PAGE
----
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Learn More
In Learn More the National Geographic magazine team shares some of its best sources and other information to expand your knowledge of our featured subjects. Special thanks to the Research Division.

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Did You Know?Did You Know?

There are three types of influenza–A, B, and C. Type C viruses trigger mild respiratory illness or, sometimes, no symptoms at all. Type A and B viruses, on the other hand, can cause epidemics in humans. They result in an average of 36,000 deaths and 114,000 hospitalizations in the U.S. each year. While type B viruses are normally exclusive to humans, type A viruses are also found in birds, pigs, horses, seals, whales, and other animals.
Type A flu viruses, H5N1 for example, are named for two proteins on their surface. The H stands for hemagglutinin, which helps a virus break into the cell. The N stands for neuraminidase, which helps it break out. These proteins also act as antigens. If the body recognizes them, its immune system can mount a defense.
All type A viruses attack human cells in the same way. Once the virus enters the body, hemagglutinin binds the virus to the cell surface. Then the cell surface folds in around the virus. The virus sinks into the cell until it is completely engulfed. Because the cell membrane wraps around the virus, it creates a bubble-like compartment called an endosome. A change in pH in this compartment changes the structure of the hemagglutinin and allows the viral contents to move into the cell's inner fluid, or cytoplasm.
Once there, the virus has free reign. The virus's genetic material, which is split into eight different segments, is copied in the nucleus. After being copied, the segments return to the cytoplasm, and with the help of neuraminidase, can reassemble, leave the cell, and attack new cells. However, since each of the eight segments is copied separately, if two different viral strains infect the same cell, then their segments can mix and match, ultimately forming new viruses.
—Elizabeth Quill


Related Links

World Health Organization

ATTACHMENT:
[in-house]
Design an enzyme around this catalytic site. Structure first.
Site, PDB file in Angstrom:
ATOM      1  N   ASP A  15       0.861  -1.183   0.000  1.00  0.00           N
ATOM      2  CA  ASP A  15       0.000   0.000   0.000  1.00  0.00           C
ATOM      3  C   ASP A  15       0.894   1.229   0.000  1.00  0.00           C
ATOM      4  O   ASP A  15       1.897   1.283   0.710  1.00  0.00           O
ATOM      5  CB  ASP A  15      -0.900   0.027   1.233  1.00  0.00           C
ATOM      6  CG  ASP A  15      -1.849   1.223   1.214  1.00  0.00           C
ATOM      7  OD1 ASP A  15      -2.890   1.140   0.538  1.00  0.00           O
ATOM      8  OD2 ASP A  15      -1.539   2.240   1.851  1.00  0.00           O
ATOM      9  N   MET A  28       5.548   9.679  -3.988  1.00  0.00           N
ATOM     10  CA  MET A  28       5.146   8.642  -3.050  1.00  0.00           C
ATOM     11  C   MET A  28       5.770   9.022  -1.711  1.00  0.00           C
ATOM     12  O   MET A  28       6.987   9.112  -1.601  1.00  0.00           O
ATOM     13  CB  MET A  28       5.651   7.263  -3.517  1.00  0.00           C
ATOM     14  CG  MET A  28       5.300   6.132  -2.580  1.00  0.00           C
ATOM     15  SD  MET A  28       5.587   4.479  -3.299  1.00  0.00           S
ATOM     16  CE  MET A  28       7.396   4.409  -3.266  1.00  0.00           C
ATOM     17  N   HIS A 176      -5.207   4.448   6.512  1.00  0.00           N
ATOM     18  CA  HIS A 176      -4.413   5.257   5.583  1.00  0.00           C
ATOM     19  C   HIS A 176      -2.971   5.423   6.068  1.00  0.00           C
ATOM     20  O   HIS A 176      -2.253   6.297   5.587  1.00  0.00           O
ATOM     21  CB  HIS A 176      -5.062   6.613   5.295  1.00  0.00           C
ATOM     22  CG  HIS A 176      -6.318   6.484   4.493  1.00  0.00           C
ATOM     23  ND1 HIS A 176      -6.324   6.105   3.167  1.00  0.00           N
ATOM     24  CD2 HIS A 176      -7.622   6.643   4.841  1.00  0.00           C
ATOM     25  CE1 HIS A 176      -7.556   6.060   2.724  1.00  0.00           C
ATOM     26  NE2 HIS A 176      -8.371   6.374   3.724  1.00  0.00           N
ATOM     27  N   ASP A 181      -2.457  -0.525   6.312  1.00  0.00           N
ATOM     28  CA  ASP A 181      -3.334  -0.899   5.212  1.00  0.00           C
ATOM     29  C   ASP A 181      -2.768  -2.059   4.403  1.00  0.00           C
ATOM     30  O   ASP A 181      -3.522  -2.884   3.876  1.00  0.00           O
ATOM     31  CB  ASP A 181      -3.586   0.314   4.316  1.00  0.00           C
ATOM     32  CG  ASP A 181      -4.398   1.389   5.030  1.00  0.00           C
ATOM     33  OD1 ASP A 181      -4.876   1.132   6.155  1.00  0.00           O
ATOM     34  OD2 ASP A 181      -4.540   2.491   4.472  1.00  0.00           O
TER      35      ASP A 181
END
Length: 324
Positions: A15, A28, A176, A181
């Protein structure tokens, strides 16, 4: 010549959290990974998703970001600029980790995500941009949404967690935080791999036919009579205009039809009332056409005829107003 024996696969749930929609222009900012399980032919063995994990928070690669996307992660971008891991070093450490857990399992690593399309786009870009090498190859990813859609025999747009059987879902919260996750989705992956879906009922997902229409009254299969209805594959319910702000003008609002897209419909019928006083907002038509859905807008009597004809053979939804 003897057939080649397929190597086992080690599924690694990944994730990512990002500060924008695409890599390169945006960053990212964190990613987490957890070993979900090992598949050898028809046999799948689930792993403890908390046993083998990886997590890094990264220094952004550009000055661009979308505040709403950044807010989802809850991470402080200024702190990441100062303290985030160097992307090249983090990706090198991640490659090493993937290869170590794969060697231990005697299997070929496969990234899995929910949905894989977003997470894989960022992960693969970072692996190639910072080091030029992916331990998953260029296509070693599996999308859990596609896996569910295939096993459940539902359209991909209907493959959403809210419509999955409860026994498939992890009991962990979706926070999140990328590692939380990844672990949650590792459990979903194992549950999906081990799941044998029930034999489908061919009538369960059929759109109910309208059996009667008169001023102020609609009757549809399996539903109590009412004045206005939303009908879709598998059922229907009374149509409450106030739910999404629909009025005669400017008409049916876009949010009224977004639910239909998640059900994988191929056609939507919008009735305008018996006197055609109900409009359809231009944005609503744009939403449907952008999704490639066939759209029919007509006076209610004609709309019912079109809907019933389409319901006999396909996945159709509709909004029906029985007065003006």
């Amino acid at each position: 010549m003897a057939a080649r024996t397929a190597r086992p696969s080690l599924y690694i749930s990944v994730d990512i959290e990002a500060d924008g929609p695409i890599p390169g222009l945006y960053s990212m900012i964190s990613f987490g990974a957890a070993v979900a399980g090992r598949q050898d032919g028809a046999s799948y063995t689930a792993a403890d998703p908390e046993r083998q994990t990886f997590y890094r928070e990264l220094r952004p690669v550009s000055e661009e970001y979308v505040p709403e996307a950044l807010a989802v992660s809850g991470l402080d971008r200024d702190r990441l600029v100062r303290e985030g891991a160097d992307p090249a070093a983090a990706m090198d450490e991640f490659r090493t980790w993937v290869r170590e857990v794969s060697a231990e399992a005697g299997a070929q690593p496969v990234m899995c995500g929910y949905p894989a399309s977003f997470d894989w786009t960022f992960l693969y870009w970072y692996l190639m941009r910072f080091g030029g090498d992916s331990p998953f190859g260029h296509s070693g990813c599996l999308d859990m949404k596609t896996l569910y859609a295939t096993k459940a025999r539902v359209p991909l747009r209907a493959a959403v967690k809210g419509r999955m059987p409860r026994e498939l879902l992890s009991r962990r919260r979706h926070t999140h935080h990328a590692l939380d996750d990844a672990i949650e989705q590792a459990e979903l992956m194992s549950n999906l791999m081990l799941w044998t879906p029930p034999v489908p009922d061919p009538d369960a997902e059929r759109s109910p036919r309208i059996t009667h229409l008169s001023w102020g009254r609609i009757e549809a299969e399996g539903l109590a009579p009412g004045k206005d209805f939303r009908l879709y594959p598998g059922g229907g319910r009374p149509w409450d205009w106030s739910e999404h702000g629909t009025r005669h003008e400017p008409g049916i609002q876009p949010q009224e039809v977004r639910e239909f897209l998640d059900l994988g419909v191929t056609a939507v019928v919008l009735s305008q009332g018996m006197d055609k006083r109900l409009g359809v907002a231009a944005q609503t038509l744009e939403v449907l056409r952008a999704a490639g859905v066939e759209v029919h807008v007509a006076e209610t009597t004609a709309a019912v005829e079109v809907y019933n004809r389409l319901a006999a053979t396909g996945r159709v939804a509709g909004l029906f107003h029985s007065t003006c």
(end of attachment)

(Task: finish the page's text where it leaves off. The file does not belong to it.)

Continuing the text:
This WHO website monitors the spread of avian flu to humans, provides information on control measures, and discusses why scientists are so concerned about a future pandemic.
Centers for Disease Control and Prevention
Log on to this site to get a wealth of information on avian flu including details on the H5N1 virus, the antiviral drugs available to combat it, the plans formulated to prepare and respond to a pandemic, and travel advisories for countries experiencing avian-flu outbreaks.
Program for Monitoring Emerging Diseases
This Internet-based reporting system offers daily updates of infectious disease outbreaks around the world.
United Nations Food and Agriculture Organization
Come here to learn some of the strategies being used to insure food safety and animal good health in areas facing an avian-flu crisis.



Crosby, Alfred W. America's Forgotten Pandemic. Cambridge University Press, 2003.
Drexler, Madeline. Secret Agents: The Menace of Emerging Infections. Joseph Henry Press, 2002.
Fauci, Anthony S. "Race Against Time." Nature (May 25, 2005), 423-4.
Osterholm, Michael T. "Preparing for the Next Pandemic." New England Journal of Medicine (July 7, 2005), 1839-42.
Specter, Michael. "Nature's Bioterrorist." New Yorker (February 28, 2005), 50-61.
Webster, Robert, and Diane Hulse. "Controlling Avian Flu at the Source." Nature (May 25, 2005), 415-6.
World Health Organization. "Avian Influenza: Assessing the Pandemic Threat." January 2005. Available online at www.who.int/csr/disease/influenza/WHO_CDS_2005_29/en/.


NGS Resources

Jaret, Peter. Impact: Dispatches From the Front Lines of Global Health. National Geographic Books, 2003.
Weiss, Rick. "War on Disease." National Geographic (February 2002), 4-31.
Clynes, Tom. "Dangerous Medicine: On the Front Line of the Ebola Epidemic." National Geographic Adventure (May/June 2001), 100-10, 138-42.
Jaret, Peter. "Viruses: On the Edge of Life, On the Edge of Death." National Geographic (July 1994), 58-91.
Jaret, Peter. "The Disease Detectives: Stalking the World's Epidemics." National Geographic (January 1991), 114-40.
Tran Van Dinh, "Hue: My City, Myself." National Geographic (November 1989), 594-603.
Jaret, Peter. "Our Immune System: The Wars Within." National Geographic (June 1986), 702-35.

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